How hard indeed. The game itself got off to a wobbly start as the PCs decided to act in a way totally different than I had expected, failing to immediately take my adventure bait and grab a passel o' hirelings (painstakingly generated 0-level torchbearers all) and instead heading off to the mayor of Grabnerville (who I hadn't bothered to flesh out, as I was planning on saving him for a later adventure) to haggle over the reward for saving the town from its mysterious demihuman attackers. Some faltering interaction with a barkeep netted Erich's Grunge Elf berserker a willing henchman (the lawful good Pete Brennar) while Laura finished buying her equipment and put the finishing touches on her astoundingly unappealing (low charisma and comeliness) half-orc thief, whose race she had diced for, the better to get into the random nature of the game. The PCs puttered over to the Mayor, who I quickly decided was a Tammany Hall-esque politico (in times of trouble, I fall back on cliche).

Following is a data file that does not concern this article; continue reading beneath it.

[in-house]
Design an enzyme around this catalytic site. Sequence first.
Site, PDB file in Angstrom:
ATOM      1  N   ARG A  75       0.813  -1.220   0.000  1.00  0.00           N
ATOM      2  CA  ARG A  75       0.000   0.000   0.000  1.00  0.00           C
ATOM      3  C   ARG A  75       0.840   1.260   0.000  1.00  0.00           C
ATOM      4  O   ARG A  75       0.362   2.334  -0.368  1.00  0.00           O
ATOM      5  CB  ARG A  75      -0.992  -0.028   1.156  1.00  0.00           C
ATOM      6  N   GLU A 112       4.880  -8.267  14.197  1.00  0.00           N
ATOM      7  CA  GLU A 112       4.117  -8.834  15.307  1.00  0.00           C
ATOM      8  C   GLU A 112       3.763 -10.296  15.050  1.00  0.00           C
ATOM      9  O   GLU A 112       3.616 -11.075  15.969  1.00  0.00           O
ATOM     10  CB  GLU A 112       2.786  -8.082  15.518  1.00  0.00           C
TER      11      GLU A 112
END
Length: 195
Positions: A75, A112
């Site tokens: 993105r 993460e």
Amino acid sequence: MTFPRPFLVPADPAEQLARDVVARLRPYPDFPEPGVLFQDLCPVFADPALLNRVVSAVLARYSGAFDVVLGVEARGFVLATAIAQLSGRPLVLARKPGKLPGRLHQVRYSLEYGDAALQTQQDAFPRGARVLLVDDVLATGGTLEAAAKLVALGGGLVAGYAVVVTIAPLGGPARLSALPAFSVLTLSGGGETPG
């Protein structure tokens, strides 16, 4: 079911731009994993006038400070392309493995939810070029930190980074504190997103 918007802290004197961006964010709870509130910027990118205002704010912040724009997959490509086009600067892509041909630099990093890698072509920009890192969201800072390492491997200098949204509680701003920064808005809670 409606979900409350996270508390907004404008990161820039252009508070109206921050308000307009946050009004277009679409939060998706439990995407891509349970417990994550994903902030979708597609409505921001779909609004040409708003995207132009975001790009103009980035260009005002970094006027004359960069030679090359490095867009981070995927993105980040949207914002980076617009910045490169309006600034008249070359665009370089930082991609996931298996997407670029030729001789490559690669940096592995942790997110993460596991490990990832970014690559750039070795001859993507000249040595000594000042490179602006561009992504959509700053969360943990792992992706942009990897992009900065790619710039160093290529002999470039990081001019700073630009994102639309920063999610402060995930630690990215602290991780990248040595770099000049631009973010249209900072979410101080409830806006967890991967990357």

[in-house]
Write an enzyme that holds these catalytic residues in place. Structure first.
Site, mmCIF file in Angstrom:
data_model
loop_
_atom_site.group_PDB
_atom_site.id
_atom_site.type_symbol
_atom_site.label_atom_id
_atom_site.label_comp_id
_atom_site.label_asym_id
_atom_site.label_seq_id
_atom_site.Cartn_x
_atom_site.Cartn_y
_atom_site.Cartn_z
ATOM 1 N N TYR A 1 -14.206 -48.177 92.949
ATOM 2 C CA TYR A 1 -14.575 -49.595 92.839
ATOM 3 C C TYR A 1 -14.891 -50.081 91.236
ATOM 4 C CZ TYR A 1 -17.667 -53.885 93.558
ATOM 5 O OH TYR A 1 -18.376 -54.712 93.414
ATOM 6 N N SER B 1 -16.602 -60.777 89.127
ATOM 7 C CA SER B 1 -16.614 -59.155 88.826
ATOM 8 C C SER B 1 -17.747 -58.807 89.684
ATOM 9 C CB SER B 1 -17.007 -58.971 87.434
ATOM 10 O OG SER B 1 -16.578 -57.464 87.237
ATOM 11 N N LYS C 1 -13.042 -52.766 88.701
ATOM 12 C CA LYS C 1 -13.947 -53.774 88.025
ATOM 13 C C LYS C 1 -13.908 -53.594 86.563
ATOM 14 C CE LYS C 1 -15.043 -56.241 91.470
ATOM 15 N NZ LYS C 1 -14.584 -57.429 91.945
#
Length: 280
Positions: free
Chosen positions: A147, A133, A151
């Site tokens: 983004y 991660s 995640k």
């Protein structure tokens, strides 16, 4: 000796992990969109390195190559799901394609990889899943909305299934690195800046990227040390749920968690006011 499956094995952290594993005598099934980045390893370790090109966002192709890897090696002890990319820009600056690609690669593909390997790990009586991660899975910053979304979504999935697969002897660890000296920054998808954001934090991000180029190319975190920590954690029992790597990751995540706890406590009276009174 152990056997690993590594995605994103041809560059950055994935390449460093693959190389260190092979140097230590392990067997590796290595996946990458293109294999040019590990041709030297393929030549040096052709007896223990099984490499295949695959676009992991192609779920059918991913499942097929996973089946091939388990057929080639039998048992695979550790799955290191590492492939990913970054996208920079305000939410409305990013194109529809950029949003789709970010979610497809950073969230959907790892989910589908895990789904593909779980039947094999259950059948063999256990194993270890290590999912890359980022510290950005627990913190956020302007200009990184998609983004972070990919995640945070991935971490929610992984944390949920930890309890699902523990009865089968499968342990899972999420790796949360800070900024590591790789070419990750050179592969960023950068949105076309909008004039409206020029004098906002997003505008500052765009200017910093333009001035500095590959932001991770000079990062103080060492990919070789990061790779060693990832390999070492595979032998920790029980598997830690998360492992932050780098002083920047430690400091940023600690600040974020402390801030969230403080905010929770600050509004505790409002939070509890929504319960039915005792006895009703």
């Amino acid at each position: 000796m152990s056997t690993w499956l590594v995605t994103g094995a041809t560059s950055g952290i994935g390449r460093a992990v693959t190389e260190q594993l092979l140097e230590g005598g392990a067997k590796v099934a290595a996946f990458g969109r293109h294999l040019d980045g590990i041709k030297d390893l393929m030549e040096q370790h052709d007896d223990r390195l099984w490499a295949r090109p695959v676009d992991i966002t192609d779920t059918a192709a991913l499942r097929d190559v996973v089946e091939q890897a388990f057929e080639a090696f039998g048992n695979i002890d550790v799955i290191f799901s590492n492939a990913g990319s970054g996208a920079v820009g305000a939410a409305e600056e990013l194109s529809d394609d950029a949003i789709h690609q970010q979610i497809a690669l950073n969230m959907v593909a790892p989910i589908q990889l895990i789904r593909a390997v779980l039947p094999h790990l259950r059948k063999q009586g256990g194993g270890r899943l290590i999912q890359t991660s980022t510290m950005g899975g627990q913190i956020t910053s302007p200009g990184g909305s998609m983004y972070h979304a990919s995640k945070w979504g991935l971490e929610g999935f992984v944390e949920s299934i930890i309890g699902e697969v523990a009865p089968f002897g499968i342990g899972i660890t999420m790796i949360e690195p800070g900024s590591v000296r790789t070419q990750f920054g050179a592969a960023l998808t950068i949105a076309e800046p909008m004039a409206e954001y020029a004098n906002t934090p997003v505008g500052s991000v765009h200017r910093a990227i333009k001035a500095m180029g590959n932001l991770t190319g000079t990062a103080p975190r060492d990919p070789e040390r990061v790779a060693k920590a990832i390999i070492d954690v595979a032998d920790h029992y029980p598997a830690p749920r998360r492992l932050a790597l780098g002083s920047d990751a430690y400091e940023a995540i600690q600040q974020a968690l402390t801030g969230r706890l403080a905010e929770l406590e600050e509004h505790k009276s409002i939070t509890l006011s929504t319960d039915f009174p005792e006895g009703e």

I'm lucky in that the PCs both like in-character dialogue; when the game slows down, a little of that can really save a DM's bacon. In this case, Erich and Laura willfully misinterpreted the promise of 250 gold per party member into a promise of 250 gold per demi-human head, which gave their characters an incentive to adventure, and enabled me to breathe a sigh of relief.
The players then quickly glossed over preparation in favor of entering the dungeon along with their hireling, who now toted a series of small lunchbags for the storage of demi-human noggins. They quickly found their first Robold, an invalid lying in the sickbay, which I had cunningly placed near the entrance, reasoning that the demi-human raiding party wouldn't want to blunder into their own traps while hauling injured comrades to safety. It was here that we realized the to-hit tables are not in the HackMaster player's manual, instead being "GM-only" material, presumably to keep PCs from knowing when they have cursed weapons. Whatever. Everything stopped as three people flipped through two different rulebooks, hoping to find the THAC0 charts. Mercifully, I had thought to write down the injured Robold's THAC0, so I was nominally covered.